While many of us envision the past through photographs and historical works, urban explorers actively seek it out in the myriad abandoned mansions, buildings and other derelict places that dot the (urban) landscape. Enter the Castle of Mesen in Lede, Belgium, – a building that is so impressive and unique that it’s impossible not to be drawn into its weird world.
The Castle of Mesen, or Kasteel van Mesen, has a chequered history. Destroyed and rebuilt several times, the current building dates to around 1628. Originally built as a major stonghold, it ceased to be a royal house after 1796. The Industrial Revolution brought with it a series of interesting reuses, from gin distillery to sugar and potash refinery, tobacco factory and finally a boarding school.
After the First World War the castle became a boarding school for girls, with tough classes and rigarous discipline exercised in a strict Victorian manner. The 150 pupils were reportedly allowed one visit per month and could only return home for one month of the year. The youngest girls were just 5-years-old! Infiltrating the castle today is difficult, while escaping from it a century ago must have been virtually impossible.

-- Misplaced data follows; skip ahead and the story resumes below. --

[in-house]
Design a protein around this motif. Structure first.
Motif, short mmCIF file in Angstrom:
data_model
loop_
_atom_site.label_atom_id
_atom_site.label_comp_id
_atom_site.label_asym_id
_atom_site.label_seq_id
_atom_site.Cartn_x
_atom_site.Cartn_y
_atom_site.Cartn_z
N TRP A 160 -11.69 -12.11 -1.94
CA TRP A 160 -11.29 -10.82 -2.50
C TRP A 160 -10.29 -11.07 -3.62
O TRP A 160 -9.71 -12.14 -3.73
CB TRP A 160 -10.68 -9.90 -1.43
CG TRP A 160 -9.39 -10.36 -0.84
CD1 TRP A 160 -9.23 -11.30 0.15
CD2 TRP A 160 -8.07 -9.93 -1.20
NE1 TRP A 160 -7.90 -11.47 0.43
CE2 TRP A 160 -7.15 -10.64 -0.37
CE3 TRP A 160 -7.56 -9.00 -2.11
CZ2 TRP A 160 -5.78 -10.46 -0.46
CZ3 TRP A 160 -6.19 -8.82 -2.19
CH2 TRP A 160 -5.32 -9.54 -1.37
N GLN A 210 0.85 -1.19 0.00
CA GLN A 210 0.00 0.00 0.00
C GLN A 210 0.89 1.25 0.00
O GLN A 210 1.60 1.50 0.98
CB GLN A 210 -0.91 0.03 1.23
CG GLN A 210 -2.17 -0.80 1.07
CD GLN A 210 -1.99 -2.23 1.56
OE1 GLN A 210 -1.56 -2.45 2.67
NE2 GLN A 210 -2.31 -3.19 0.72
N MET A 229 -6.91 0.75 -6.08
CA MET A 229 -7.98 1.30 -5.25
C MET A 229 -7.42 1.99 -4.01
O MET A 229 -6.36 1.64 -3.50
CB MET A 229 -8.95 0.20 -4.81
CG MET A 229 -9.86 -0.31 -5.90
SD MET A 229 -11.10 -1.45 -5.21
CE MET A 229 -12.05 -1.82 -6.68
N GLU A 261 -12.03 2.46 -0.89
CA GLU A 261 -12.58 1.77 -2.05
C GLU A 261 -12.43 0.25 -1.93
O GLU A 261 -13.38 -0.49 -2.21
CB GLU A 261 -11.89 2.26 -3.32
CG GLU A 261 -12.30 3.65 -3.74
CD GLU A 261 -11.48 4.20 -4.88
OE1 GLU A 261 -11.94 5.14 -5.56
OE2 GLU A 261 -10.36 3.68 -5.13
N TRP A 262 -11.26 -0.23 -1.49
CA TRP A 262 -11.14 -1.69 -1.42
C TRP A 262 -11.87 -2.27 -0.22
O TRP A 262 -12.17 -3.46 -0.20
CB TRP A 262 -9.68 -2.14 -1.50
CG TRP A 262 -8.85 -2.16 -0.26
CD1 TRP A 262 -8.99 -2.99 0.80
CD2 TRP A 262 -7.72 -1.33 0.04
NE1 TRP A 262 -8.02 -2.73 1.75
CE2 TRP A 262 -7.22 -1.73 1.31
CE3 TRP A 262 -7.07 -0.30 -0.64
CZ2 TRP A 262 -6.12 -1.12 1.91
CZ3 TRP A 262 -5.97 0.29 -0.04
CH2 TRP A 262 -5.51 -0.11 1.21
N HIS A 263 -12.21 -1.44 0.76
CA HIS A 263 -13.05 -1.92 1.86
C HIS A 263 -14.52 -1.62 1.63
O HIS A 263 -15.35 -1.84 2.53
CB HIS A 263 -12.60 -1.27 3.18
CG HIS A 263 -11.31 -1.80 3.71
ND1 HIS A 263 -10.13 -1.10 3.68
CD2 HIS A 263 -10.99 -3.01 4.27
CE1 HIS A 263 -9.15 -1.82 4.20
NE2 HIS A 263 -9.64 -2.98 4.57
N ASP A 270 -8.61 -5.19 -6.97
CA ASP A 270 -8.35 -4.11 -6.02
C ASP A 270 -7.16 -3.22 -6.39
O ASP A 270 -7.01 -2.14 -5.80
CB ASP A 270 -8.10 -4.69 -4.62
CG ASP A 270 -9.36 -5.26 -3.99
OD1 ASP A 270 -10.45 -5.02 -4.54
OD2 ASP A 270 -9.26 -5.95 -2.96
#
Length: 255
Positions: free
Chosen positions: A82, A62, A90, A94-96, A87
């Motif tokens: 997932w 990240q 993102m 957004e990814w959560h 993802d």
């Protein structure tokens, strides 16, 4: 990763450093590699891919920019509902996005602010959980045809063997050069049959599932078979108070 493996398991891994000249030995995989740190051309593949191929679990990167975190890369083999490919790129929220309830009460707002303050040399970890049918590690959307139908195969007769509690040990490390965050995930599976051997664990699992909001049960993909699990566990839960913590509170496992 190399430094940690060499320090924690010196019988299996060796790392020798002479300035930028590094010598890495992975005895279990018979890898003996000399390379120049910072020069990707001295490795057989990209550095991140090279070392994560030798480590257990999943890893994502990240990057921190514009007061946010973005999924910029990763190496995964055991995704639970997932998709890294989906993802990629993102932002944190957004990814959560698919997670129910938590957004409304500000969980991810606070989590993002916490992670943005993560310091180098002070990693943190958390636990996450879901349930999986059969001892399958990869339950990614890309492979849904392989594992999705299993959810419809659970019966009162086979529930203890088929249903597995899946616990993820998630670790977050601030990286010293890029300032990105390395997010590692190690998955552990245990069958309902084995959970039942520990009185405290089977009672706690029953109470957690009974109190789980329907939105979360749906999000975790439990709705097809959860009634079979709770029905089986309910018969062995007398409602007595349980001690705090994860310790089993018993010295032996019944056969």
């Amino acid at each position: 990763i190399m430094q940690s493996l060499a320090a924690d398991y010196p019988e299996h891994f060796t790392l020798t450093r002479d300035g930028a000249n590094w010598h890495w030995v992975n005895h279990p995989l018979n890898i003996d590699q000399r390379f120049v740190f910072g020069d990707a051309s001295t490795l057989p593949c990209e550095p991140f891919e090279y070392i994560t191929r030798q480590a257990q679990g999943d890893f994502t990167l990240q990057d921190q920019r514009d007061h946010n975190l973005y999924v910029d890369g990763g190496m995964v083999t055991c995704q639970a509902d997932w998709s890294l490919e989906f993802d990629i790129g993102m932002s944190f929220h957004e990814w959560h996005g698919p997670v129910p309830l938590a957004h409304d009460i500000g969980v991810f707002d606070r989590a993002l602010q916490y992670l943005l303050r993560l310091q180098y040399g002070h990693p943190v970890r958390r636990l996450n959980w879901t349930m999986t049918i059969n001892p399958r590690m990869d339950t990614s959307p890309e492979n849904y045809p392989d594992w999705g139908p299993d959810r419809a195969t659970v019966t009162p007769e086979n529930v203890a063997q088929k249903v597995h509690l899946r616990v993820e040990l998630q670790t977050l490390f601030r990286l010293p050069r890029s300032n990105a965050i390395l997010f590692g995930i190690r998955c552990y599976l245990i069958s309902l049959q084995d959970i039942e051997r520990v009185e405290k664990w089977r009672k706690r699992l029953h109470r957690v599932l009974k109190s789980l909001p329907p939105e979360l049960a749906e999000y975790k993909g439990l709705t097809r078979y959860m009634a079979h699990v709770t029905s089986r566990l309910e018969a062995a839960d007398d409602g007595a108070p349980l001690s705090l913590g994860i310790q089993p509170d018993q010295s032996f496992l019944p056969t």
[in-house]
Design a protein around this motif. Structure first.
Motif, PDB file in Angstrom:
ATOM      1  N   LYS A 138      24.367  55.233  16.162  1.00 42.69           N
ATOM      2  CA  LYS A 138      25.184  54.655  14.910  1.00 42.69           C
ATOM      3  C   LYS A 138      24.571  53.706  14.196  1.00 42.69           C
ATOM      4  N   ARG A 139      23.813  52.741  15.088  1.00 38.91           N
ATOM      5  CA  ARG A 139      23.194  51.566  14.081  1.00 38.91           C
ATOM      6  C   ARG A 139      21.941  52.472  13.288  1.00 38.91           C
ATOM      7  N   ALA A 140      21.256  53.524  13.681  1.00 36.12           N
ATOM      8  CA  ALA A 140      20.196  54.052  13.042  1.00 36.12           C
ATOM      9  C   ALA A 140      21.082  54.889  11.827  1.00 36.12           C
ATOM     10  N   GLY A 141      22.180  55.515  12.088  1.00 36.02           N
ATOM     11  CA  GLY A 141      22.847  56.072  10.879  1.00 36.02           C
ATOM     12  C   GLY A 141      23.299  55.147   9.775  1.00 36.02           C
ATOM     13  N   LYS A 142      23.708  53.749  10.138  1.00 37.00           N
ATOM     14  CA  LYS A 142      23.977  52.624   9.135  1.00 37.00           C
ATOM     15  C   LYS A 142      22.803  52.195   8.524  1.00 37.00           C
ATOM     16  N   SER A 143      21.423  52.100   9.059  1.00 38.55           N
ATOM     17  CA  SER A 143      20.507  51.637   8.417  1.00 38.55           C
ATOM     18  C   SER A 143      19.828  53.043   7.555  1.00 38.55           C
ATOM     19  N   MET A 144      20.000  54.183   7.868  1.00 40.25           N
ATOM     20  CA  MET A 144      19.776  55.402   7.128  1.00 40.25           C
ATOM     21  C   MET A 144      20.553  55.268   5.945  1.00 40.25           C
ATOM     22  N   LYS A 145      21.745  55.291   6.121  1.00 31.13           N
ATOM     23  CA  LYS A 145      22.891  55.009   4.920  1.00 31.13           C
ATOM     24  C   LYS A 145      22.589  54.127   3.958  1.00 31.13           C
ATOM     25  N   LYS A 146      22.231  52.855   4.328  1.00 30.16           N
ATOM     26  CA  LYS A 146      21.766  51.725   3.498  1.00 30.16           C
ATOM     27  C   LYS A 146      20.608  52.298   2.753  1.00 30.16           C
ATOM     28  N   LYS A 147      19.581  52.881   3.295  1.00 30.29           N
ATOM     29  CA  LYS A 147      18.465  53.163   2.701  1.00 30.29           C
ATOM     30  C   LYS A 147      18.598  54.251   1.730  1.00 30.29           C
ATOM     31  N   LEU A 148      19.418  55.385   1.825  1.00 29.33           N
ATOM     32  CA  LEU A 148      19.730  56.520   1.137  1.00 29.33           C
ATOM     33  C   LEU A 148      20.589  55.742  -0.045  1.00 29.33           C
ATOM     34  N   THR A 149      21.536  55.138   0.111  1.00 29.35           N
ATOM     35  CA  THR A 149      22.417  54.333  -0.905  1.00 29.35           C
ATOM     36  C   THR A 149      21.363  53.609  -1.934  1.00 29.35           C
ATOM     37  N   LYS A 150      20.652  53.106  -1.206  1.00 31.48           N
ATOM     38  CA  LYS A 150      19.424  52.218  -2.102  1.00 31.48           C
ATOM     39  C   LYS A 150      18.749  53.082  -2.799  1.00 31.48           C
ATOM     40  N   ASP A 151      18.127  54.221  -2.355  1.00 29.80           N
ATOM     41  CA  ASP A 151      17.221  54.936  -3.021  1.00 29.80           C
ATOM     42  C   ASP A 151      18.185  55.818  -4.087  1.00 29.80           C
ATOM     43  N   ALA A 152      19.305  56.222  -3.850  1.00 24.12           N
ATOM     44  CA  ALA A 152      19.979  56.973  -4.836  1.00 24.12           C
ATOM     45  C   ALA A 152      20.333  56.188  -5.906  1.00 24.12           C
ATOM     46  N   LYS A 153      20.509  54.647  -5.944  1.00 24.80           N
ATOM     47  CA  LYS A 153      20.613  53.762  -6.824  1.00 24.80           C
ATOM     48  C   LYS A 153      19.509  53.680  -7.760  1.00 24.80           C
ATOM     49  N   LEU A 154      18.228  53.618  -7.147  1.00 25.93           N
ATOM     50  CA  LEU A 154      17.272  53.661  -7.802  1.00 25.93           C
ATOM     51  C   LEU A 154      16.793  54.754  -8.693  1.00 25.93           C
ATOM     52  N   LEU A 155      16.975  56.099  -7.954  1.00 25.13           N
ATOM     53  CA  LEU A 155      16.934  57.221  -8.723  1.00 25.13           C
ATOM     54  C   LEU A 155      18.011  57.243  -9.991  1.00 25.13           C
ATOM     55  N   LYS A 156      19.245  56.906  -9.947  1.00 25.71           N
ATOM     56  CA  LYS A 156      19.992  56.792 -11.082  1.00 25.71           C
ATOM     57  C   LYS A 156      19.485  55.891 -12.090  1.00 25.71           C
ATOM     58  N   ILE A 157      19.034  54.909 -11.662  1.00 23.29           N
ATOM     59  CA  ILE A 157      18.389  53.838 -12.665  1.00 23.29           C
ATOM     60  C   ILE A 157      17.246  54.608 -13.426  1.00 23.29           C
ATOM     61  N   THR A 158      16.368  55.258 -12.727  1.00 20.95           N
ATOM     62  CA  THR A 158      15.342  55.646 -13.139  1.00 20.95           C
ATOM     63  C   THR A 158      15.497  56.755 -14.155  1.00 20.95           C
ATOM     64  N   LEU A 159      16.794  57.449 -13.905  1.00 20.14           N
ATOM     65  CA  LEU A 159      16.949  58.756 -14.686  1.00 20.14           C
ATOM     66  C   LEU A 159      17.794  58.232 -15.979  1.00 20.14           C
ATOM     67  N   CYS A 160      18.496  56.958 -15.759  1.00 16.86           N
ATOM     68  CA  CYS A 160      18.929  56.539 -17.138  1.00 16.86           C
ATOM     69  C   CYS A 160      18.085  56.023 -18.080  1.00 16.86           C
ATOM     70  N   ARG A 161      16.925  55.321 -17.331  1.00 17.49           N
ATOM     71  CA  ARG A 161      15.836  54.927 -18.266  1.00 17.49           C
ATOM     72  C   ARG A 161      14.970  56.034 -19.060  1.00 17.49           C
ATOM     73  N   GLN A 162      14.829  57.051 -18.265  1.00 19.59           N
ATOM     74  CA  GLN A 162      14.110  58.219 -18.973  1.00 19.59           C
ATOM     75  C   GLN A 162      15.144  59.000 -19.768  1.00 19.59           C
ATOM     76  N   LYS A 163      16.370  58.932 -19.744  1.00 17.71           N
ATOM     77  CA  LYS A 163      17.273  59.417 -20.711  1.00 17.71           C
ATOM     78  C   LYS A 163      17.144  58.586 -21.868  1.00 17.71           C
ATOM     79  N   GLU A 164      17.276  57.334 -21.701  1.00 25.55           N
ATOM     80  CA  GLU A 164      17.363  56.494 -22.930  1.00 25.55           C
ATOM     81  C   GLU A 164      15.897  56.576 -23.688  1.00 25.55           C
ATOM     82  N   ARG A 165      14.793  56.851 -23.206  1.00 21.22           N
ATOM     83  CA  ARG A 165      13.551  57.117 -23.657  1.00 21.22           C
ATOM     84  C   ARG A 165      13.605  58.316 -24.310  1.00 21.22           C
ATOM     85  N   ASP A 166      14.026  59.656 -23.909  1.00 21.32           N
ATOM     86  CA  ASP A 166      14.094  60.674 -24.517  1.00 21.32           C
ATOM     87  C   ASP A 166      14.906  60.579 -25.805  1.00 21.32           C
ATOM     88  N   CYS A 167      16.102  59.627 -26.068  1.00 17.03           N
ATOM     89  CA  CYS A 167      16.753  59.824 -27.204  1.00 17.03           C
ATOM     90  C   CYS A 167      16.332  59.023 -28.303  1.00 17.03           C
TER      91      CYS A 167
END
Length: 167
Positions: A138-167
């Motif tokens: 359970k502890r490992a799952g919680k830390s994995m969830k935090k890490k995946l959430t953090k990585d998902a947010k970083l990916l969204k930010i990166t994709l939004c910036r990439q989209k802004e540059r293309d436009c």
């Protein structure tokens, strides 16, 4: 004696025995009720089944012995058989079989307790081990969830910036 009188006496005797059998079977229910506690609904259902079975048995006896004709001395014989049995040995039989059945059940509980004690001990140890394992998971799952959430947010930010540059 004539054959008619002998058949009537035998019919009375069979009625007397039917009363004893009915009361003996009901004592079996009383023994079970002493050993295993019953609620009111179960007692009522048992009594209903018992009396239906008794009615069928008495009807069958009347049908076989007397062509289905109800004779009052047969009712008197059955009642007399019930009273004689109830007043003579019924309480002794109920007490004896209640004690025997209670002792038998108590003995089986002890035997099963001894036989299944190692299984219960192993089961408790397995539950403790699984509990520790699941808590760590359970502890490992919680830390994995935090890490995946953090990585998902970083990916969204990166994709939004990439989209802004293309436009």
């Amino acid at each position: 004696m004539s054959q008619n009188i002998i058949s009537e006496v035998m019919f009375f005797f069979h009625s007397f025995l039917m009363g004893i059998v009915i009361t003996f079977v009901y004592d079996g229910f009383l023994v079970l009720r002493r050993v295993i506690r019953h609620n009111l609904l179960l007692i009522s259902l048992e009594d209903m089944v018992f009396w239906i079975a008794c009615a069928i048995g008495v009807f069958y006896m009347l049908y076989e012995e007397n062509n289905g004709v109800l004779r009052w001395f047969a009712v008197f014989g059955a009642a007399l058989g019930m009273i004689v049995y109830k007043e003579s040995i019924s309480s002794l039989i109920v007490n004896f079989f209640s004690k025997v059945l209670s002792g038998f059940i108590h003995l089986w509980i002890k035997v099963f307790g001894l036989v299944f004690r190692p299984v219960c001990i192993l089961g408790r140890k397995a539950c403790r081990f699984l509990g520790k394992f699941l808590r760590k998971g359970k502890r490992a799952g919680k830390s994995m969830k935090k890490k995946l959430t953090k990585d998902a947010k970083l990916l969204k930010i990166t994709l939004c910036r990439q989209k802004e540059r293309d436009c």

The school was financed by the Belgian aristocracy and days began early, with Mass at 7am. On top of academic lessons, girls received a thorough grounding in society’s highest standards, from impeccable etiquette to managing employees and being able to perform housework expertly. The process took 13 years to complete, with girls of 5-years-olds eventually leaving the school as 18-year-old ambassadors of high society.
Abandonment came after the Castle of Mesen passed into the hands of the Ministry of Defence, which left it to rot for decades. The cost of restoration ultimately spiralled to the point that it was considered uneconomical and the powers that be refused to list the castle as a historic monument. The fight is not yet over. But even if the conservationists win, will it be in time to stabilize the collapsing Kasteel van Mesen?
The Castle of Mesen is set in around seven hectares of parkland and overgrown greenery in central Lede. The impressive Gothic Revival chapel was added after the site was sold to a religious order in 1897, still standing proud despite 30 years of abandonment. Not surprisingly, the pews and religious adornments have long gone, replaced by decades of debris. For a birds-eye-view of the Kasteel van Mesen, click here.